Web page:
By Doug Jackson
She was born into poverty in the tiny Texas town of Chillicothe up on the Oklahoma border. Raised by a single mother, she married at twenty to a cigarette-smoking, hard-working oilfield roughneck. On her wedding night she discovered that the Jackson Pollock-splatter of tattoos that rioted up and down his arms also sprouted across his thighs as well. But he soon came to Jesus and led her to follow then took to the pulpit as God’s called preacher. She followed him over three states and bore him six children, five of which survived. She knew hardship and she never knew wealth.
And her name was Cleo.
In Greek mythology, Clio was the muse of history, and thus the muse of fame, because the famous make history, or at least make it into the history books. Today the Clio Awards celebrate excellence in advertising, the ultimate irony of making someone famous for making something famous.
Cleo Philley was never famous.
She yearned to be a teacher, but never got past the ninth grade. Still, among her five children she counted five bachelor’s degrees, three master’s and a Ph. D. She wrangled her three sons and two daughters for weeks at a time while “the Preacher,” as she called him, hit the Sawdust Trail for lengthy summer revival meetings that brought souls into the Kingdom and a little money into the home for school clothes and supplies in the fall. She fed them on the equivalent of five loaves and two fish more than a few times when a lesser soul would have given up. She dealt with the backbiting and gossip of small towns and Baptist churches and never said anything worse about anybody than that they were “kind of funny-turned.”
I never really knew Cleo Philley.
She died the spring before Becky and I married and comes to me through the stories my wife tells of summers spent with her grandparents, of treats and meals made to her every request, hymn-singing sessions, and Mrs. Philley’s own version of Edith Bunker when, at lunch time, she would scamper through the house rejoicing that, “The Preacher’s home! The Preacher’s home!”
Clio never visited Cleo, and Cleo never cared.
Cleo lived her life expecting nothing more than the chance to love Jesus and her husband and her children and grandchildren, all of which she could afford on a limited budget and a dearth of formal education. But then, the muse, for all of her fine work in holding up examples for us to imitate, sometimes misses the masses of more accessible models. Volume, I suppose: Even a muse can’t be expected to handle the heavy traffic of everyday heroes who riot across the lives of ordinary folks.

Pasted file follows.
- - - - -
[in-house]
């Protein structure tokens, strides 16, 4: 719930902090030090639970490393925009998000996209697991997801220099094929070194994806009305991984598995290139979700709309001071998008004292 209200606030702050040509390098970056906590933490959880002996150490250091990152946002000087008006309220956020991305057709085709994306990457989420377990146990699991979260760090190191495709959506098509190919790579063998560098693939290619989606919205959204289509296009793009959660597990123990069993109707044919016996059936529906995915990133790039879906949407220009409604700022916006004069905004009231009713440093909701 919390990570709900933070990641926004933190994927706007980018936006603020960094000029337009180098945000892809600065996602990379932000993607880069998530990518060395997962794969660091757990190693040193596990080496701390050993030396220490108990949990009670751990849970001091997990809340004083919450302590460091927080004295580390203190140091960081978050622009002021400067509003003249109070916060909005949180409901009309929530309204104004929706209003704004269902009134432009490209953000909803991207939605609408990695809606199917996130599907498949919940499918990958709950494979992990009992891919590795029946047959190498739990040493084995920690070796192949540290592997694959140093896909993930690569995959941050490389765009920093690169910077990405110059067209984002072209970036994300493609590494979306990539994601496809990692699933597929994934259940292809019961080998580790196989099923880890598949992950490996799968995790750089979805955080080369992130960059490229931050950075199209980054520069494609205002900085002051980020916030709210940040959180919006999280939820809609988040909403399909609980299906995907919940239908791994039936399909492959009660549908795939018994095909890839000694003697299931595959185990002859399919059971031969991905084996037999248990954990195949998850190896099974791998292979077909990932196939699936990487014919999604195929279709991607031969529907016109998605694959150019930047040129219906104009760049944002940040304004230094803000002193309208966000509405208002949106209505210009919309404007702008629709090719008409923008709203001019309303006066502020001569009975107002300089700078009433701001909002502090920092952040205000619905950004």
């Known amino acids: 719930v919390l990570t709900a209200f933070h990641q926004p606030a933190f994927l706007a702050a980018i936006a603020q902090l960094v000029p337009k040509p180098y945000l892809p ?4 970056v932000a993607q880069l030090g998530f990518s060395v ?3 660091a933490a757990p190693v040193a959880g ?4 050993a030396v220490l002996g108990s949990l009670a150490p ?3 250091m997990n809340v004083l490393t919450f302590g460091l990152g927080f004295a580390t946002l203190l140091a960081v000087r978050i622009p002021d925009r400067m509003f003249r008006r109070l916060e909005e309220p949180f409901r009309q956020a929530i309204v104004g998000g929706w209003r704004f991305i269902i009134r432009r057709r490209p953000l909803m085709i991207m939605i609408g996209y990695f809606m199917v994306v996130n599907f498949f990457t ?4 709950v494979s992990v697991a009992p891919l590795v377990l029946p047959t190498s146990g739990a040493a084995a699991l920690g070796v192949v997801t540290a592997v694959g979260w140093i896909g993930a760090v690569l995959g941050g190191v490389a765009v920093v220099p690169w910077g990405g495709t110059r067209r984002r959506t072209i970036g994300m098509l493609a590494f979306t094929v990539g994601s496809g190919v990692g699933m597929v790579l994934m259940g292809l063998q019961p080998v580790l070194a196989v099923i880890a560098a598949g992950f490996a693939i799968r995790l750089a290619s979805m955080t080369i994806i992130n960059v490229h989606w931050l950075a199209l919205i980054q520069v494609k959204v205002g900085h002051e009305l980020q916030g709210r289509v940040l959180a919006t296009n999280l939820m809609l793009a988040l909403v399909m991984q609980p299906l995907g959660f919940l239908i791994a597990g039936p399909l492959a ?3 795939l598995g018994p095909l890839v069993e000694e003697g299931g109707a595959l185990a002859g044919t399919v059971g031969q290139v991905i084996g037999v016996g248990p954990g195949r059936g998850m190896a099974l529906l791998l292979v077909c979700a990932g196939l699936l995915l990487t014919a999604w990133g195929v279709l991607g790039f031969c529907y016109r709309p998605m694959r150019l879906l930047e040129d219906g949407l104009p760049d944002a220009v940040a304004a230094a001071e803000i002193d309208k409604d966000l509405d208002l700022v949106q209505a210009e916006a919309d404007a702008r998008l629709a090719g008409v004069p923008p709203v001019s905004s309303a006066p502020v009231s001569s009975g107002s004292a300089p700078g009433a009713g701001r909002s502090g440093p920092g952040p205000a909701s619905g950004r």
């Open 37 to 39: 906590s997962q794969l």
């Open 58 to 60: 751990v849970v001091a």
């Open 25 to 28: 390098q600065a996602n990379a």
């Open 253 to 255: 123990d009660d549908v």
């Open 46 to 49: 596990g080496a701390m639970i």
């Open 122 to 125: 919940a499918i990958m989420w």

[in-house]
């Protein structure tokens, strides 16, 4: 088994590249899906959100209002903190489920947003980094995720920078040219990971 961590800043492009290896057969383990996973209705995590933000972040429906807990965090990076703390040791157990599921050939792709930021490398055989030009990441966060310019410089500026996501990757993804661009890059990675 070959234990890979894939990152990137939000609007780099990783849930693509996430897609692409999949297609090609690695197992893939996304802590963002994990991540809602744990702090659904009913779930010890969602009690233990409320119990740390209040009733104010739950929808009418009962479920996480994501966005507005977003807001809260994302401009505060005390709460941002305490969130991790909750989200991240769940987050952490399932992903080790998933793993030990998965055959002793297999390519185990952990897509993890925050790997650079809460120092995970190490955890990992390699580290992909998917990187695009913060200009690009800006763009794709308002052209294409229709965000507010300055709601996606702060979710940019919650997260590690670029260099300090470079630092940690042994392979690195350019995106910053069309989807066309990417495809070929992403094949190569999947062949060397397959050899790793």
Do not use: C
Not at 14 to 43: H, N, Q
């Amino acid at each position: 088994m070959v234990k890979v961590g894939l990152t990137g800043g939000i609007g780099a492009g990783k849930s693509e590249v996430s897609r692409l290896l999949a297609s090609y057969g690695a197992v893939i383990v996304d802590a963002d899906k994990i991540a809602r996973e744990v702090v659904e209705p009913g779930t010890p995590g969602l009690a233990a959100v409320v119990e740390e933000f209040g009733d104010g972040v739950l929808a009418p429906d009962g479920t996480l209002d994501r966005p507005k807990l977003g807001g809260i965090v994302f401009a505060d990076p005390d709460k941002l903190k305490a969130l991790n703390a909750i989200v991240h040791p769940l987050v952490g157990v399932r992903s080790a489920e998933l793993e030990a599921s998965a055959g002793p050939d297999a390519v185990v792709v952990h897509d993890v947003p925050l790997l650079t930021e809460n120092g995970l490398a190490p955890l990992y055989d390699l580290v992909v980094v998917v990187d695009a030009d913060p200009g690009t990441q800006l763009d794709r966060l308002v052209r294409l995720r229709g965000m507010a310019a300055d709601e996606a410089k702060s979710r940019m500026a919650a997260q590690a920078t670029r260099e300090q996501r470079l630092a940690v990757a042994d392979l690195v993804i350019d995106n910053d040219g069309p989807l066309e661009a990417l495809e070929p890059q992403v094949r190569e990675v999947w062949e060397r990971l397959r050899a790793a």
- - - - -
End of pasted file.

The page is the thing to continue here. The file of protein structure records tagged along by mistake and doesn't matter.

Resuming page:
Cleo Philley never, to my knowledge, read a novel by George Eliot (though she read her Bible through every year and kept detailed notes of her husband’s sermons in its margin). But I cannot think of Cleo and Clio without thinking of the closing lines of Eliot’s Middlemarch:
Her finely touched spirit had still its fine issues, though they were not widely visible. Her full nature, like that river of which Cyrus broke the strength, spent itself in channels which had no great name on the earth. But the effect of her being on those around her was incalculably diffusive: for the growing good of the world is partly dependent on unhistoric acts; and that things are not so ill with you and me as they might have been, is half owing to the number who lived faithfully a hidden life, and rest in unvisited tombs.
Doug Jackson is a preacher/professor/poet who after a quarter-century in the pastorate now teaches spiritual formation, pastoral ministry, and Greek for the Logsdon Seminary program at the South Texas School of Christian Studies in Corpus Christi. His collection of poetry, Nothing There is Not More, is available from Finishing Line Press.